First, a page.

Are first-person pronouns acceptable in scientific writing?
One of the most common questions I get is whether it is acceptable to use “we” or “I” in a scientific paper. “We” or “I” are first-person pronouns. Many professors tell their students not to use first-person pronouns in their writing, instead preferring a more passive tone. Instead of “We speculate that…”, these professors prefer “The authors speculate that…” or “It is speculated that….”
Interestingly, this rule seems to have originated with Francis Bacon to give scientific writing more objectivity.
In Eloquent Science (pp. 76-77), I advocate that first-person pronouns are acceptable in limited contexts. Avoid their use in rote descriptions of your methodology (“We performed the assay…”). Instead, use them to communicate that an action or a decision that you performed affects the outcome of the research.
NO FIRST-PERSON PRONOUN: Given option A and option B, the authors chose option B to more accurately depict the location of the front.
FIRST-PERSON PRONOUN: Given option A and option B, we chose option B to more accurately depict the location of the front.
So, what do other authors think? I have over 30 books on scientific writing and have read numerous articles on this point. Here are some quotes from those who expressed their opinion on this matter and I was able to find from the index of the book or through a quick scan of the book.
“Because of this [avoiding first-person pronouns], the scientist commonly uses verbose (and imprecise) statements such as “It was found that” in preference to the short, unambiguous “I found.” Young scientists should renounce the false modesty of their predecessors. Do not be afraid to name the agent of the action in a sentence, even when it is “I” or “we.”” — How to Write and Publish a Scientific Paper by Day and Gastel, pp. 193-194
“Who is the universal ‘it’, the one who hides so bashfully, but does much thinking and assuming? “It is thought that… is a meaningless phrase and unnecessary exercise in modesty. The reader wants to know who did the thinking or assuming, the author, or some other expert.” — The Science Editor’s Soapbox by Lipton, p. 43
“I pulled 40 journals at random from one of my university’s technical library’s shelves…. To my surprise, in 32 out of the 40 journals, the authors indeed made liberal use of “I” and “we.” — Style for Students by Joe Schall, p. 63
“Einstein occasionally used the first person. He was not only a great scientist, but a great scientific writer. Feynman also used the first person on occasion, as did Curie, Darwin, Lyell, and Freud. As long as the emphasis remains on your work and not you, there is nothing wrong with judicious use of the first person.” — The Craft of Scientific Writing by Michael Alley, p. 107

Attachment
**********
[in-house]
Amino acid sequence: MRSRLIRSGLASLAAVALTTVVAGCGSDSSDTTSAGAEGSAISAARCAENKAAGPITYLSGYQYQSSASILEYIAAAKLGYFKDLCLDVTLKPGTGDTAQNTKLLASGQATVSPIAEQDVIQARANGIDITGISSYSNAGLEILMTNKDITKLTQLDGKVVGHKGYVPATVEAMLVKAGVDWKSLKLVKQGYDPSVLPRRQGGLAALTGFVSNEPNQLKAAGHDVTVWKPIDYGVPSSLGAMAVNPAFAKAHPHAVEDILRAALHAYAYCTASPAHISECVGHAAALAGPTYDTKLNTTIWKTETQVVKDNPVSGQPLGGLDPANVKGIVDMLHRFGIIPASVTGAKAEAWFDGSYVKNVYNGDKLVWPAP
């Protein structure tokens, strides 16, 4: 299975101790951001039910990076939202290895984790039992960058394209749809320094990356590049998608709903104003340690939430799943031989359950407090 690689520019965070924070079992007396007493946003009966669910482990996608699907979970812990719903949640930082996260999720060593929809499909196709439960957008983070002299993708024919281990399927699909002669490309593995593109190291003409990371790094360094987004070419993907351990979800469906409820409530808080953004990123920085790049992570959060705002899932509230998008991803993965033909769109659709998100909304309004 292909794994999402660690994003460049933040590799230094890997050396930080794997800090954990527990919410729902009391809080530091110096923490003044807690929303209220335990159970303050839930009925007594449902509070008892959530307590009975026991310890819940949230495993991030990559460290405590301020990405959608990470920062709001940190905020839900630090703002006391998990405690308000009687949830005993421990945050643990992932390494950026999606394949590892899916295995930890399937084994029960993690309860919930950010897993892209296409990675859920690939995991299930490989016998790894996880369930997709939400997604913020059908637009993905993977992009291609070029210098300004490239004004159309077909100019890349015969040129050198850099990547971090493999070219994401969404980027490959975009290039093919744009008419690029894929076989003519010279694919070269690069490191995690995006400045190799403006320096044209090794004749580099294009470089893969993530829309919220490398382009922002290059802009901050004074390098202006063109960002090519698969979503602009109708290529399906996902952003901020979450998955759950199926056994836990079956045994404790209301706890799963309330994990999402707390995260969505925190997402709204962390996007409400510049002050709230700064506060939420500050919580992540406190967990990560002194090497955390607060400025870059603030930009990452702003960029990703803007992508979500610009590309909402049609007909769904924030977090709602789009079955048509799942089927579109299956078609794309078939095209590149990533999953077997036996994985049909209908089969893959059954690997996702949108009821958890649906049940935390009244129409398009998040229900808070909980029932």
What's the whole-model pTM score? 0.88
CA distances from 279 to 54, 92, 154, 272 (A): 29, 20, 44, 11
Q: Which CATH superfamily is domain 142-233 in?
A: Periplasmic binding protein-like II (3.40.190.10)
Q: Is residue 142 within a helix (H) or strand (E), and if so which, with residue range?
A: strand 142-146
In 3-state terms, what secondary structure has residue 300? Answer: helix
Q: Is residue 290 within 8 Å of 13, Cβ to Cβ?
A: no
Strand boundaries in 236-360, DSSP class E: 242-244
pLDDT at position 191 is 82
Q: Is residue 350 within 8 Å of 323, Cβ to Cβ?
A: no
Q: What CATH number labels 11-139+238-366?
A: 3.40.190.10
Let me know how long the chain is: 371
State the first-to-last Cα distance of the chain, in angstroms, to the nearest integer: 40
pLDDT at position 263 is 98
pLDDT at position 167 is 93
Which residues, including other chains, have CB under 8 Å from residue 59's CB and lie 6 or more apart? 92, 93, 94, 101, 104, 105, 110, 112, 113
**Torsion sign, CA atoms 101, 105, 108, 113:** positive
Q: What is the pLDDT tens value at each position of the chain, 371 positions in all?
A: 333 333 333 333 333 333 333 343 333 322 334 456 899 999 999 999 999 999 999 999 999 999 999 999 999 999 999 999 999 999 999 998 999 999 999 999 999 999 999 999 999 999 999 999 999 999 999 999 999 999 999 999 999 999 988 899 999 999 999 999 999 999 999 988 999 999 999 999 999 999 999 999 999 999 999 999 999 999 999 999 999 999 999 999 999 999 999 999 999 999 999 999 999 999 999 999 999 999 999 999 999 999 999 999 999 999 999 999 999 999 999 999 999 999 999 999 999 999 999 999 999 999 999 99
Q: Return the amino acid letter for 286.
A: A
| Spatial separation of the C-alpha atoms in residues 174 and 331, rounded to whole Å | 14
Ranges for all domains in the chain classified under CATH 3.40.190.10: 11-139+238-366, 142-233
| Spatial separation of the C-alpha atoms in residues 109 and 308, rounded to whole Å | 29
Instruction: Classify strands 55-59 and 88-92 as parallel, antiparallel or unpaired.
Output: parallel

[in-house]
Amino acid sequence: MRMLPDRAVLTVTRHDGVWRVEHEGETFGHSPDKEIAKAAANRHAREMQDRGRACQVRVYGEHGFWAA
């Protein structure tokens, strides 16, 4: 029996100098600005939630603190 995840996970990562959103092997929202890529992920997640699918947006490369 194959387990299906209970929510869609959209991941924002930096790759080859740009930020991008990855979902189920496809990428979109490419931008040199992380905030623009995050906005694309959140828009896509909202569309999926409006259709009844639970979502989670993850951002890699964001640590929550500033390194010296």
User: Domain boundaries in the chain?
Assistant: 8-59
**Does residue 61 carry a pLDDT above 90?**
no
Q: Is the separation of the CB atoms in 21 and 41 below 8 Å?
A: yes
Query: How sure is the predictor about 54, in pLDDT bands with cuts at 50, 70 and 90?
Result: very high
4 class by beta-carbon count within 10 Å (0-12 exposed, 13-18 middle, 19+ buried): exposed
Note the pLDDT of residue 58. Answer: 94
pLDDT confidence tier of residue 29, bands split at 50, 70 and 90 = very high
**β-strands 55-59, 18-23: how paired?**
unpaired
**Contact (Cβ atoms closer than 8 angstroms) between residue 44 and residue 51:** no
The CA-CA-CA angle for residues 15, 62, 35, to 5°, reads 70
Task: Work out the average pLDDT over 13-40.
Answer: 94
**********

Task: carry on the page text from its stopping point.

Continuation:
“One of the most epochal papers in all of 20th-century science, Watson and Crick’s article defies nearly every major rule you are likely to find in manuals on scientific writing…. There is the frequent use of “we”…. This provides an immediate human presence, allowing for constant use of active voice. It also gives the impression that the authors are telling us their actual thought processes.” — The Chicago Guide to Communicating Science by Scott L. Montgomery, p. 18
“We believe in the value of a long tradition (which some deplore) arguing that it is inappropriate for the author of a scientific document to refer to himself or herself directly, in the first person…. There is no place for the subjectivity implicit in personal intrusion on the part of the one who conducted the research—especially since the section is explicitly labeled “Results”…. If first-person pronouns are appropriate anywhere in a dissertation, it would be in the Discussion section…because different people might indeed draw different inferences from a given set of facts.” — The Art of Scientific Writing by Ebel et al., p. 79.
[After arguing for two pages on clearly explaining why the first person should not be used…] “The first person singular is appropriate when the personal element is strong, for example, when taking a position in a controversy. But this tends to weaken the writer’s credibility. The writer usually wants to make clear that anyone considering the same evidence would take the same position. Using the third person helps to express the logical impersonal character and generality of an author’s position, whereas the first person makes it seem more like personal opinion.” —The Scientist’s Handbook for Writing Papers and Dissertations by Antoinette Wilkinson, p. 76.
So, I can find only one source on my bookshelf advocating against use of the first-person pronouns in all situations (Wilkinson). Even the Ebel et al. quote I largely agree with.
Thus, first-person pronouns in scientific writing are acceptable if used in a limited fashion and to enhance clarity.